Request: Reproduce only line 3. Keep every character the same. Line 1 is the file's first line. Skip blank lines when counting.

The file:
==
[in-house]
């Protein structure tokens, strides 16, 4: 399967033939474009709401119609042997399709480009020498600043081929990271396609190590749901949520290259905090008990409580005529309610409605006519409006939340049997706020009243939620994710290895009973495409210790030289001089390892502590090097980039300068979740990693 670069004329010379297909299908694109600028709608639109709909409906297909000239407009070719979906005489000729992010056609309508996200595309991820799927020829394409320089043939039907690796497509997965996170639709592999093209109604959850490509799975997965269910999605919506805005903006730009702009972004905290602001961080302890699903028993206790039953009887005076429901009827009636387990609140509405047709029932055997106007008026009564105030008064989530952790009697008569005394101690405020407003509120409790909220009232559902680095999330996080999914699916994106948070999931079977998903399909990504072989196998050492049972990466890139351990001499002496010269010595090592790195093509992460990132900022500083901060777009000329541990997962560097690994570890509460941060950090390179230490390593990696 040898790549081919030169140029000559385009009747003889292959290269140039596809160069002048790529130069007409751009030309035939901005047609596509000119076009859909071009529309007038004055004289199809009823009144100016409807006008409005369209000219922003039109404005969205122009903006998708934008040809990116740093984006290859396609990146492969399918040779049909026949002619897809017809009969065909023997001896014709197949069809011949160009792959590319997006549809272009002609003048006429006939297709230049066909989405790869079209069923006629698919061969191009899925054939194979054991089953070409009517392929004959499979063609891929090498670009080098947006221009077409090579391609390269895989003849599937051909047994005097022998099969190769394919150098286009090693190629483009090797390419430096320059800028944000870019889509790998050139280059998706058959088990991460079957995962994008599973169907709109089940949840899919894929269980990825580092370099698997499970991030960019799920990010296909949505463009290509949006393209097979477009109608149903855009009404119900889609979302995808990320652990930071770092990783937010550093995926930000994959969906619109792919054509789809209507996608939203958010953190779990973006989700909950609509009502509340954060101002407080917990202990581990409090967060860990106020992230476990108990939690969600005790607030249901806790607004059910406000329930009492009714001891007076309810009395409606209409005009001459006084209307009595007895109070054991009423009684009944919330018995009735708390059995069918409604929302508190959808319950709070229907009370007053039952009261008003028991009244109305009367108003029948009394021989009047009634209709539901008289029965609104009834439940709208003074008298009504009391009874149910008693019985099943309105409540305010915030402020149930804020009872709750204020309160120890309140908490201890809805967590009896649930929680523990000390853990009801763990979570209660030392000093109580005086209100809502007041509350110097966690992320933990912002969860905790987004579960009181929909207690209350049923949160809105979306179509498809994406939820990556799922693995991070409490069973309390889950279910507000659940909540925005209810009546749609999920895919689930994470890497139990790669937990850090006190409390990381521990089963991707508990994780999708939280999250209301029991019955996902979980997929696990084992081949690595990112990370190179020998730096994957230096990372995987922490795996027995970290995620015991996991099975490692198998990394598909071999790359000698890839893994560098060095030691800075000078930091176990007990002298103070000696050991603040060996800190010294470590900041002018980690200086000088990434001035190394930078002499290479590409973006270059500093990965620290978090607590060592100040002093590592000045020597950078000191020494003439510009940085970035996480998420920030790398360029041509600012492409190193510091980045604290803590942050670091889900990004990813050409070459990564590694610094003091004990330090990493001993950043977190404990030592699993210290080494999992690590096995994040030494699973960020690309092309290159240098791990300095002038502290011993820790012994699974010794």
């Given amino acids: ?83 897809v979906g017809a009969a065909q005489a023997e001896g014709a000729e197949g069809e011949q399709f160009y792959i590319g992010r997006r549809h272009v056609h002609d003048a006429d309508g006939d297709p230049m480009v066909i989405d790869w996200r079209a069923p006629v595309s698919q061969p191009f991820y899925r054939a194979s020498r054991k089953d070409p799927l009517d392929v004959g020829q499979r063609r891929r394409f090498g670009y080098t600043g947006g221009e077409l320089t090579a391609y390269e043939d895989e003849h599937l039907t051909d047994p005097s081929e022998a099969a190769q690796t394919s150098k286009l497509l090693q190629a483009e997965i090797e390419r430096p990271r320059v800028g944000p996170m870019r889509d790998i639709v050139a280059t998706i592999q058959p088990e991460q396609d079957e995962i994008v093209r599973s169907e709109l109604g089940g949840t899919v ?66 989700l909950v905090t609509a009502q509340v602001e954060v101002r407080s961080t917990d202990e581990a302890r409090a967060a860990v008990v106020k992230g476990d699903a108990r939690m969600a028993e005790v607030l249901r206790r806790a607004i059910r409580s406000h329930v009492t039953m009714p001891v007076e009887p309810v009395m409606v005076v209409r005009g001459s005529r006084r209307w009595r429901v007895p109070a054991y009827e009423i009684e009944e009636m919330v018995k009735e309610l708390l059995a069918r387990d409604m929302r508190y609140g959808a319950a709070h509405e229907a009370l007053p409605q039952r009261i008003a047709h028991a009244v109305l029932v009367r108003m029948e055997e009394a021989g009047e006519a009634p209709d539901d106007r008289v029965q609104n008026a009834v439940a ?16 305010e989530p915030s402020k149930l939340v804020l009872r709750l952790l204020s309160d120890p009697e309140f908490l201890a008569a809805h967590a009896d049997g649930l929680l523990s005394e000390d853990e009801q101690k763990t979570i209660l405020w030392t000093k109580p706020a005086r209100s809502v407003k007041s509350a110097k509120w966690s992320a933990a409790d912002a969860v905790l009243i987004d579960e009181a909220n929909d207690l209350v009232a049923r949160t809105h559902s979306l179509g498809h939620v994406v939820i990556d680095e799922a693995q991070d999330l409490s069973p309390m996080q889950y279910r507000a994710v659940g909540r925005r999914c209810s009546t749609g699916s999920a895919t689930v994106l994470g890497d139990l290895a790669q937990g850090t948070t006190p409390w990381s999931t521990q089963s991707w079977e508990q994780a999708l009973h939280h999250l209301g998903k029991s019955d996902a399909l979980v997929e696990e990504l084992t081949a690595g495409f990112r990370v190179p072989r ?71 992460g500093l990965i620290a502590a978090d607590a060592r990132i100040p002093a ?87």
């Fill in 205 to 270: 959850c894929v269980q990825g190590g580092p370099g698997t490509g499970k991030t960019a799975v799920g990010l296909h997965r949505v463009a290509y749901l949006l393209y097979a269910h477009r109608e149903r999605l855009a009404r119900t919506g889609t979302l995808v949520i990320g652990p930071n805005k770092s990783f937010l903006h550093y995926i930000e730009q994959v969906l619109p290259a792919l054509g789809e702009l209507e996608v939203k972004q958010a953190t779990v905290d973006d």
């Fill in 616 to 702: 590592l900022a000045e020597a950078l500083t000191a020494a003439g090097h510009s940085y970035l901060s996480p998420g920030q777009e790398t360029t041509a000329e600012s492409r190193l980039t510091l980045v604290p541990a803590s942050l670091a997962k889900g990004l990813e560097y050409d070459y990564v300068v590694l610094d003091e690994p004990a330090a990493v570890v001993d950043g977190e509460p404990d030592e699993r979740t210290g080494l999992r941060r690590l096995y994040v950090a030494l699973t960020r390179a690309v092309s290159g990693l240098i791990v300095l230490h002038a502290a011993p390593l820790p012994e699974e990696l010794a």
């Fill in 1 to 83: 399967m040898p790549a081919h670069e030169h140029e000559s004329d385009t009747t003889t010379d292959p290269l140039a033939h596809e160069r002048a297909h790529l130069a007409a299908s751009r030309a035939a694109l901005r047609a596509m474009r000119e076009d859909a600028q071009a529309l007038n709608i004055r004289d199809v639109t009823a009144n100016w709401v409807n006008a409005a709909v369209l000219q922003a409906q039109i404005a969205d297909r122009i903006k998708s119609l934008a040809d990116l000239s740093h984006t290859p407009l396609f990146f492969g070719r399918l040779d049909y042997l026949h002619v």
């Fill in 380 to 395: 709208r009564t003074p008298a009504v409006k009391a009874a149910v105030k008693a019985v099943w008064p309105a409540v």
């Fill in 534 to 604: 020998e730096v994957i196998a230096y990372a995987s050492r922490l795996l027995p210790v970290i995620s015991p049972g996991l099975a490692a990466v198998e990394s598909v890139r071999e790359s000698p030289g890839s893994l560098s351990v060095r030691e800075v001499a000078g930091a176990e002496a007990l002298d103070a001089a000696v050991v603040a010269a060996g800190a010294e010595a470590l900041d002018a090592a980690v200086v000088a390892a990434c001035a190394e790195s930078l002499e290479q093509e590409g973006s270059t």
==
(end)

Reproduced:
């Given amino acids: ?83 897809v979906g017809a009969a065909q005489a023997e001896g014709a000729e197949g069809e011949q399709f160009y792959i590319g992010r997006r549809h272009v056609h002609d003048a006429d309508g006939d297709p230049m480009v066909i989405d790869w996200r079209a069923p006629v595309s698919q061969p191009f991820y899925r054939a194979s020498r054991k089953d070409p799927l009517d392929v004959g020829q499979r063609r891929r394409f090498g670009y080098t600043g947006g221009e077409l320089t090579a391609y390269e043939d895989e003849h599937l039907t051909d047994p005097s081929e022998a099969a190769q690796t394919s150098k286009l497509l090693q190629a483009e997965i090797e390419r430096p990271r320059v800028g944000p996170m870019r889509d790998i639709v050139a280059t998706i592999q058959p088990e991460q396609d079957e995962i994008v093209r599973s169907e709109l109604g089940g949840t899919v ?66 989700l909950v905090t609509a009502q509340v602001e954060v101002r407080s961080t917990d202990e581990a302890r409090a967060a860990v008990v106020k992230g476990d699903a108990r939690m969600a028993e005790v607030l249901r206790r806790a607004i059910r409580s406000h329930v009492t039953m009714p001891v007076e009887p309810v009395m409606v005076v209409r005009g001459s005529r006084r209307w009595r429901v007895p109070a054991y009827e009423i009684e009944e009636m919330v018995k009735e309610l708390l059995a069918r387990d409604m929302r508190y609140g959808a319950a709070h509405e229907a009370l007053p409605q039952r009261i008003a047709h028991a009244v109305l029932v009367r108003m029948e055997e009394a021989g009047e006519a009634p209709d539901d106007r008289v029965q609104n008026a009834v439940a ?16 305010e989530p915030s402020k149930l939340v804020l009872r709750l952790l204020s309160d120890p009697e309140f908490l201890a008569a809805h967590a009896d049997g649930l929680l523990s005394e000390d853990e009801q101690k763990t979570i209660l405020w030392t000093k109580p706020a005086r209100s809502v407003k007041s509350a110097k509120w966690s992320a933990a409790d912002a969860v905790l009243i987004d579960e009181a909220n929909d207690l209350v009232a049923r949160t809105h559902s979306l179509g498809h939620v994406v939820i990556d680095e799922a693995q991070d999330l409490s069973p309390m996080q889950y279910r507000a994710v659940g909540r925005r999914c209810s009546t749609g699916s999920a895919t689930v994106l994470g890497d139990l290895a790669q937990g850090t948070t006190p409390w990381s999931t521990q089963s991707w079977e508990q994780a999708l009973h939280h999250l209301g998903k029991s019955d996902a399909l979980v997929e696990e990504l084992t081949a690595g495409f990112r990370v190179p072989r ?71 992460g500093l990965i620290a502590a978090d607590a060592r990132i100040p002093a ?87």